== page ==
This post shouldn't really about my second and failed attempt at the BGR. It should really be about sacrifices. Not my own, but those made by my crew/ pacers again this weekend in the name of allowing me to try to complete a circuit of 42 Lakeland summits in under 24 hours. To them I am extremely thankful for the time, effort and energy expended.

The critical factor for me in this Bob Graham equation, is the 24hrs. My crew overheard a conversation between two past Centurion race competitors at the Lakeland start about how it shouldn't be that difficult to run 100km in that time. Having not seen the route I would have to agree. Having seen the route and been in to the deep end of it twice now, I can safely say it's one of the hardest things I've ever tried to do. This is the kind of route where a decent mile split is the wrong side of 50 minutes on occasions. That's pretty hard to comprehend unless you've tried to hike up Yewbarrow. In many ways, I've come to view the challenge in a similar way to the Spartathlon. I've also come to realise that my training and preparation for it needs to match that which I applied in order to reach that finish line in Sparta. Not simply try to show up and just wing it which is much closer to what I've actually tried to do.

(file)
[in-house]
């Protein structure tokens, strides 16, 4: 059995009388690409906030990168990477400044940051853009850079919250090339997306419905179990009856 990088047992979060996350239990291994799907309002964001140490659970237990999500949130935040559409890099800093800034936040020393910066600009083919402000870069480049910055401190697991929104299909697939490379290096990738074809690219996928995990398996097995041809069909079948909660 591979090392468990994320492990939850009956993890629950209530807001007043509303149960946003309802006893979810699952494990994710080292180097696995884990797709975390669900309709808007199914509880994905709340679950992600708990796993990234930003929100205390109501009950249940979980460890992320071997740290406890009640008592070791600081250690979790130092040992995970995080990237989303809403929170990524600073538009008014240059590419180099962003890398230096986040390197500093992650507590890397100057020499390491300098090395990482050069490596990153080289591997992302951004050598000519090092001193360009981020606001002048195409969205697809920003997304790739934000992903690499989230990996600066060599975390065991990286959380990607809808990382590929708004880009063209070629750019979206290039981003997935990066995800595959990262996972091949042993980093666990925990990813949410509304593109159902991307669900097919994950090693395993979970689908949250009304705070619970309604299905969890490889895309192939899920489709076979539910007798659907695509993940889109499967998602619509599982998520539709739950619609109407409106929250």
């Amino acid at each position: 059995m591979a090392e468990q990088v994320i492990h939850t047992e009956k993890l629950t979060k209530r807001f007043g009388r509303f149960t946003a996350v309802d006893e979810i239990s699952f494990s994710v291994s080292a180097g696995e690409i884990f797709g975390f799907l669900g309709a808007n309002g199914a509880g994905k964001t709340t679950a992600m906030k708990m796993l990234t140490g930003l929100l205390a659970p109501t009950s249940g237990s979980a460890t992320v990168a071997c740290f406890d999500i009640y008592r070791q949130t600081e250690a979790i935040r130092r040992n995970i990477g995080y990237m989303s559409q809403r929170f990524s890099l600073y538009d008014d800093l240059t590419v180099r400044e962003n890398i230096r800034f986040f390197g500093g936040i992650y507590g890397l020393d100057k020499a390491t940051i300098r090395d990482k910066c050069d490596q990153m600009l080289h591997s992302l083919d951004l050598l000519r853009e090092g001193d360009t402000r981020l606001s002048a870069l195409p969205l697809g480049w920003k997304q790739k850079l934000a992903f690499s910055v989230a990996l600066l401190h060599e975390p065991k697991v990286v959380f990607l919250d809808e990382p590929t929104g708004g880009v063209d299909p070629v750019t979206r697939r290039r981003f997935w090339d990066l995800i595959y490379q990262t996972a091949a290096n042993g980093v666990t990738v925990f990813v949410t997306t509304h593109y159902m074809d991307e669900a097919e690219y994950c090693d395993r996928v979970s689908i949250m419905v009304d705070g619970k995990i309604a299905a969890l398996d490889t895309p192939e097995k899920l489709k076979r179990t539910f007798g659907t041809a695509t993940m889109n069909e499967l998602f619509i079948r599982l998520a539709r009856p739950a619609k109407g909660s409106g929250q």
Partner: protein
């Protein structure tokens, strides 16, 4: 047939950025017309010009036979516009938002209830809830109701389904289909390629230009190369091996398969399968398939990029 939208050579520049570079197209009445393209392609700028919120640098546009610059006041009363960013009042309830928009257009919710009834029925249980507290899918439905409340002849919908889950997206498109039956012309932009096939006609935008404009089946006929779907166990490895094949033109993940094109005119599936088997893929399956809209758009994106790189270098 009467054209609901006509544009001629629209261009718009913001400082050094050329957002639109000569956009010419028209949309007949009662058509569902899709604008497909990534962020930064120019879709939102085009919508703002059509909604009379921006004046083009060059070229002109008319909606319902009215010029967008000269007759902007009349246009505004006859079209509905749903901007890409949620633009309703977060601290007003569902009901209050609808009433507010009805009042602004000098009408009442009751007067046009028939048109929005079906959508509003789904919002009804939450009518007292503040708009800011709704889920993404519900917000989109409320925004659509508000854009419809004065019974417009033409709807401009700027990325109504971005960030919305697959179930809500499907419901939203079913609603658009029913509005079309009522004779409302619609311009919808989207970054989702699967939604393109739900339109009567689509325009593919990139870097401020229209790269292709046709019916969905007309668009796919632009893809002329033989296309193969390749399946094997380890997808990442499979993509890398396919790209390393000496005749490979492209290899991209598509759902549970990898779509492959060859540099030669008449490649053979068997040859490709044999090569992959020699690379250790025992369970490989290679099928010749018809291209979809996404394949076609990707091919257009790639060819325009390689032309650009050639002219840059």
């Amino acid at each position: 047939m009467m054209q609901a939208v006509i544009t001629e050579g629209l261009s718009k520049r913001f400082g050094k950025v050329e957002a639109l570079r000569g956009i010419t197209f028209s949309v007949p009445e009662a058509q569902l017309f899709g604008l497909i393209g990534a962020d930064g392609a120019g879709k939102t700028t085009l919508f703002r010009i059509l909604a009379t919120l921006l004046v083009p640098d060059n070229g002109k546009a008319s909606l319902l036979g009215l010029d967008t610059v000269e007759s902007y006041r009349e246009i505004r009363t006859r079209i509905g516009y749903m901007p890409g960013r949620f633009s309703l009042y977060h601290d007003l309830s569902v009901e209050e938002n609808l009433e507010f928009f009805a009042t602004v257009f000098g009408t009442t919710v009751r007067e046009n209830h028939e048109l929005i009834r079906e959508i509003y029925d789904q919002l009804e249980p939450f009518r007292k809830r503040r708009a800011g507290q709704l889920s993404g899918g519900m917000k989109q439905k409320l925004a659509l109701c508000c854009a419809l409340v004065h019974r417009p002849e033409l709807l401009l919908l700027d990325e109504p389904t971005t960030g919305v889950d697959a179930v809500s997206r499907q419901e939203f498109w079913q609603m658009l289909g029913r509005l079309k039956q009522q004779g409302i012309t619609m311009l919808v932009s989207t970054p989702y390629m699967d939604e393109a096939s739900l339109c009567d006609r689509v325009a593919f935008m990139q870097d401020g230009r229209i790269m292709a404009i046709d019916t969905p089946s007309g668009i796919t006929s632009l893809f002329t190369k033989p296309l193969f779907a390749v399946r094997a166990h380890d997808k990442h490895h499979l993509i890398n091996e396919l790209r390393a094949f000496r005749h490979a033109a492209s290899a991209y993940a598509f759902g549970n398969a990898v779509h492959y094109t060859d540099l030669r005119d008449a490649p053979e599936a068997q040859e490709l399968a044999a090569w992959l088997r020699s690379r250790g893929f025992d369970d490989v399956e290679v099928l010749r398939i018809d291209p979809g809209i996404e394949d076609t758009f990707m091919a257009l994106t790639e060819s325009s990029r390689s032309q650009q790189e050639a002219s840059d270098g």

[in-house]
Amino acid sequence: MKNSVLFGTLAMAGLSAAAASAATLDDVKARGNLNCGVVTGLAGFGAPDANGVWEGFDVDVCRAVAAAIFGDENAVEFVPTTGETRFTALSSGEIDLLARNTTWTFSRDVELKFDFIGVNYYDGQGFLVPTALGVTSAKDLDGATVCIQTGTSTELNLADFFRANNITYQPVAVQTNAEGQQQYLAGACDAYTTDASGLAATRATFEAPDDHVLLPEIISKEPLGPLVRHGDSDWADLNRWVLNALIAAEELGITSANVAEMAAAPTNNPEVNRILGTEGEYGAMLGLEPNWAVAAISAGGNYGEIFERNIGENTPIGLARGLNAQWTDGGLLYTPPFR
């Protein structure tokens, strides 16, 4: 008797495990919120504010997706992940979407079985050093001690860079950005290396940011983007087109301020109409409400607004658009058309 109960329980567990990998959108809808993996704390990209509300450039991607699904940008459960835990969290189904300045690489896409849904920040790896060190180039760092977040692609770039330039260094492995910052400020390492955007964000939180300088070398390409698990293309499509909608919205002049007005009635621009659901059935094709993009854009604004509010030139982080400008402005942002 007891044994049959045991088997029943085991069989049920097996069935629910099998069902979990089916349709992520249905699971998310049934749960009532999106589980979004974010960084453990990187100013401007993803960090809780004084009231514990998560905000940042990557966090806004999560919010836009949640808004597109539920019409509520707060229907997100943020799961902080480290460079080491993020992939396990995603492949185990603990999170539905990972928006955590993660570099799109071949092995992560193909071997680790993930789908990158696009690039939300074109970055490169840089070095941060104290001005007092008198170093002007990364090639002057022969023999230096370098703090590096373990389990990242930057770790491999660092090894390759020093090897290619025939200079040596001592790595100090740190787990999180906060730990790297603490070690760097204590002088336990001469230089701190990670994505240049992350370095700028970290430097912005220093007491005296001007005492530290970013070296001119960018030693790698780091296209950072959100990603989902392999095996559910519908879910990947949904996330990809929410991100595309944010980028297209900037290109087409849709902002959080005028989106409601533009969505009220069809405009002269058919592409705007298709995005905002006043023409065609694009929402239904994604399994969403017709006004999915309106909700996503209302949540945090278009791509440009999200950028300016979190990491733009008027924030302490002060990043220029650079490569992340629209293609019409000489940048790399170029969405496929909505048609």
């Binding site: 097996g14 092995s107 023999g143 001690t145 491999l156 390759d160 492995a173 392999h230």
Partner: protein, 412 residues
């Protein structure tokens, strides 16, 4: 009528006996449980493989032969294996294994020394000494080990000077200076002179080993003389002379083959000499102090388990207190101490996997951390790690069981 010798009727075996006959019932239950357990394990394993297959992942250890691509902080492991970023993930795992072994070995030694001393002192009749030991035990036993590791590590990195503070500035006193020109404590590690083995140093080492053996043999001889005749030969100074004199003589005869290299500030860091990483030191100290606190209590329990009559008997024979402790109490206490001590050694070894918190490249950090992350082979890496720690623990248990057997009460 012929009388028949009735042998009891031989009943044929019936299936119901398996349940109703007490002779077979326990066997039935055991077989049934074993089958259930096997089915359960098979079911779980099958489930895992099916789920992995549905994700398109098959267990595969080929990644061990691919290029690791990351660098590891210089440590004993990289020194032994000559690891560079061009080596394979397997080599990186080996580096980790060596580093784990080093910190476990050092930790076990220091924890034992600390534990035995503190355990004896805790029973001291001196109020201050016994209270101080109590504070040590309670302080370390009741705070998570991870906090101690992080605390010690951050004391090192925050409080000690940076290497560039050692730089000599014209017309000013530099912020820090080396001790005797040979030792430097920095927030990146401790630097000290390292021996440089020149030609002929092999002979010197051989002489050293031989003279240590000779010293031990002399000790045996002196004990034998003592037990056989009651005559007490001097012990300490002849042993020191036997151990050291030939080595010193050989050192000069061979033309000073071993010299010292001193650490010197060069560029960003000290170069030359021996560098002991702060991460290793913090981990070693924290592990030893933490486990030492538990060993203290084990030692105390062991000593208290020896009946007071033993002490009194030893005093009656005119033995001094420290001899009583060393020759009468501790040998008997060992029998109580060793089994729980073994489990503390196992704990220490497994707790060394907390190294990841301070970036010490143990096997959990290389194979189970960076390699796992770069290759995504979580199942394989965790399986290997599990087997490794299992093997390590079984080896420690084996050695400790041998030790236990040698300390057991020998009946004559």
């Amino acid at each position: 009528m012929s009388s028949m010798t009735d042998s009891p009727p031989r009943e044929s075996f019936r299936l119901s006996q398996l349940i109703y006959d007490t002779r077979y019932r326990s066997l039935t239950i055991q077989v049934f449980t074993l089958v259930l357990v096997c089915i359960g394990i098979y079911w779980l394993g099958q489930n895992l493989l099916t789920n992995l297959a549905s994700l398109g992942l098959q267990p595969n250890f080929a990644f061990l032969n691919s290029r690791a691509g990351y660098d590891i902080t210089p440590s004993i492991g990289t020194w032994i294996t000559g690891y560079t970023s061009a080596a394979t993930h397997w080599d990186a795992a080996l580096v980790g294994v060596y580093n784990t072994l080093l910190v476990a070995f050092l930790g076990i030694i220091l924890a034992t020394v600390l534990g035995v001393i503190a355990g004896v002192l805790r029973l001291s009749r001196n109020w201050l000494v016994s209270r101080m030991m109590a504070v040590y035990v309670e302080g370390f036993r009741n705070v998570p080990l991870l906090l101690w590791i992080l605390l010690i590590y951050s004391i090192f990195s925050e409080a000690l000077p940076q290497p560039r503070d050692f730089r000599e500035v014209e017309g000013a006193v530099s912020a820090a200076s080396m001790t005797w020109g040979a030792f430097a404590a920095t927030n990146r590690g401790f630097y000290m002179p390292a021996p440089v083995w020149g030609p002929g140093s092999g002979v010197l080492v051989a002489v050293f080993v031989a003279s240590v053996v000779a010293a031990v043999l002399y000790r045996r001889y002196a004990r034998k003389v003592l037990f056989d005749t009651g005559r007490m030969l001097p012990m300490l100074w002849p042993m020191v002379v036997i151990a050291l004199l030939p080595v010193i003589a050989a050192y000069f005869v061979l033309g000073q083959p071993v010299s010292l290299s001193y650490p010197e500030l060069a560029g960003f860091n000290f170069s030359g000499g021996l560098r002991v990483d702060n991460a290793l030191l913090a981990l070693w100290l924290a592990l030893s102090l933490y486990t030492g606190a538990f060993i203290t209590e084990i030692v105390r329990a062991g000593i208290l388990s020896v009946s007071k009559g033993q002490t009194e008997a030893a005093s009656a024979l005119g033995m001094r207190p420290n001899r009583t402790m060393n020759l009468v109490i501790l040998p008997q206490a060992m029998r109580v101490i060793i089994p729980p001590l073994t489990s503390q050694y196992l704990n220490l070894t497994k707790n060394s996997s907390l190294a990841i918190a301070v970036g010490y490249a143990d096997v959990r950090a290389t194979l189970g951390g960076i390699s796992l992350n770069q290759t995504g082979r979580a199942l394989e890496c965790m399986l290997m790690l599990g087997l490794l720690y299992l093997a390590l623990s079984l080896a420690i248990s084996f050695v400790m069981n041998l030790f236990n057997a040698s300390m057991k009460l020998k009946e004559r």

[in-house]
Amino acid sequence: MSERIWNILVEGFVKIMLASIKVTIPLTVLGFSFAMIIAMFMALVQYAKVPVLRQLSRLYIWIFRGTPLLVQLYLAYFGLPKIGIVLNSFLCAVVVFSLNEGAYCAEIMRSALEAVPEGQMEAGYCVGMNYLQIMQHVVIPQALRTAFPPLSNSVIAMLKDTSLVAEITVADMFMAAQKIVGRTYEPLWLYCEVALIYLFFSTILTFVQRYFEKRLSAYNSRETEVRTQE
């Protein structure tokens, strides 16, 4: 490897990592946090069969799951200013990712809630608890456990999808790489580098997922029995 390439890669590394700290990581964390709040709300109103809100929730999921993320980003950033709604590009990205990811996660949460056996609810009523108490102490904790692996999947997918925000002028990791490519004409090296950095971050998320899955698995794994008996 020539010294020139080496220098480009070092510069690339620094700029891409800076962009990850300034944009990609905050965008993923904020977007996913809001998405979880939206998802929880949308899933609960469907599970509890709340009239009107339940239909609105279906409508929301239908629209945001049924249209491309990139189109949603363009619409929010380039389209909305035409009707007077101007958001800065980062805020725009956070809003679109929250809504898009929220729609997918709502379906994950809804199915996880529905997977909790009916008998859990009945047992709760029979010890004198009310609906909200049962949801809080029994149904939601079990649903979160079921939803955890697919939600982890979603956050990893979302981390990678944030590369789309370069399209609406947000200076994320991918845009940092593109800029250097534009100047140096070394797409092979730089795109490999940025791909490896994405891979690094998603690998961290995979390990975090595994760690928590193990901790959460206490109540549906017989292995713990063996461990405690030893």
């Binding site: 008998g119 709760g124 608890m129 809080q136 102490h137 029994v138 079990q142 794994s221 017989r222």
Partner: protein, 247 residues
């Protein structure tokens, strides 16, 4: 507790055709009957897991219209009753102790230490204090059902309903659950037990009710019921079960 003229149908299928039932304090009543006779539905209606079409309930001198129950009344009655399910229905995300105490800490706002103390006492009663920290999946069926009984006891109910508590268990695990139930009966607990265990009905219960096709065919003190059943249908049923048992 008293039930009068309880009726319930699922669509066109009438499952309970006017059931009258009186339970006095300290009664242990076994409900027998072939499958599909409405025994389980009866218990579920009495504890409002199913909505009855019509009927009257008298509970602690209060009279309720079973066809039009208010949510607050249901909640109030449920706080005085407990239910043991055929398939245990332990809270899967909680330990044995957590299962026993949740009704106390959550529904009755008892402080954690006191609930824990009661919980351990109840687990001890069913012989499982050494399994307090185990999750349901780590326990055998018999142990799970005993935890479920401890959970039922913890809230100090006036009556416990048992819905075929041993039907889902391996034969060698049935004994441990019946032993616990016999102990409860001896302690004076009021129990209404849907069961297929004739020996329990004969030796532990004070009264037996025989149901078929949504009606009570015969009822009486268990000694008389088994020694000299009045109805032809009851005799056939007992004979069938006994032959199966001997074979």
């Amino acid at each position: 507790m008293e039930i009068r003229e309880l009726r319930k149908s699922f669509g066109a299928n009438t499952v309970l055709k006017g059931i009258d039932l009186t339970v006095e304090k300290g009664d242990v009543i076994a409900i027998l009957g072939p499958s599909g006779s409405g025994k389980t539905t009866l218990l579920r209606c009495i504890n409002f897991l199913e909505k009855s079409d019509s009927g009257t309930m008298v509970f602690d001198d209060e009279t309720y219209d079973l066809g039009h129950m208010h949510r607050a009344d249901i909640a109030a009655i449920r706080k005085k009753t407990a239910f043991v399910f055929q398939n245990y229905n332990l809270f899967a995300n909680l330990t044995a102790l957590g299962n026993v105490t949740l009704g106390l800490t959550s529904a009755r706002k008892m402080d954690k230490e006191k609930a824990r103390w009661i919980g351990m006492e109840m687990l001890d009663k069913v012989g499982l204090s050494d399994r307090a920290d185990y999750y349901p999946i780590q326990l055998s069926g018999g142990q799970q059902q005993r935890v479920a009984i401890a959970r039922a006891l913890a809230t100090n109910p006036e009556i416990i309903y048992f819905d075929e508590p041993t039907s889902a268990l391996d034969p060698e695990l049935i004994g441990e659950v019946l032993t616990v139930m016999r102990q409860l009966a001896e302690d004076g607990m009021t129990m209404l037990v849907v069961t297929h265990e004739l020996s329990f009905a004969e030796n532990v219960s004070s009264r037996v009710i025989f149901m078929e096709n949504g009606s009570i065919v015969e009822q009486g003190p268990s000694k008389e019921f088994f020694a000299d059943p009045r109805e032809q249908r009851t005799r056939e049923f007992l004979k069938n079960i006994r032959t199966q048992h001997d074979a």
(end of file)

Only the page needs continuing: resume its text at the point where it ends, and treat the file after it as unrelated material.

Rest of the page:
The crux of the matter is this 24hr thing. Twice now I've faced the potential of being physically able to complete the distance, but just not within the time frame. How? Why?

I am not a fast runner, but I'm not slow either. But this has almost nothing to do with running. It's about a much broad range of skills. I alluded to that in my blog of the first attempt a few weeks ago, but this time it was really brought home to me.

Pre Attempt

The attempt this time almost fell foul of some weather considerations once again. The forecast at first looking perfect, turned decidedly sour for Saturday night on the western fells. The Met Office Mountain Forecast was for very low visibility in hill fog and heavy rain down to below 500 metres. Co-inciding with the timings we were due to be out on leg four, a very high level and involved part of the round, we decided to bring the start time forward to Friday night. This was far from ideal, it meant we were all rushing a little to prep in time.

At 10pm we drove out to Penrith to pick up pacer Adam Stirk, a successful BGR finisher. He would be pacing me for leg 1 and 2. We'd never met before but from all our correspondence I knew he was the perfect man for the job. Whilst Drew and I collected Adam, Nici and Claire were off trying to buy the supplies for the effort. Funnily enough there wasn't much open at 10:30pm on Saturday night. And therein lay our first major, and ridiculously amateur issue.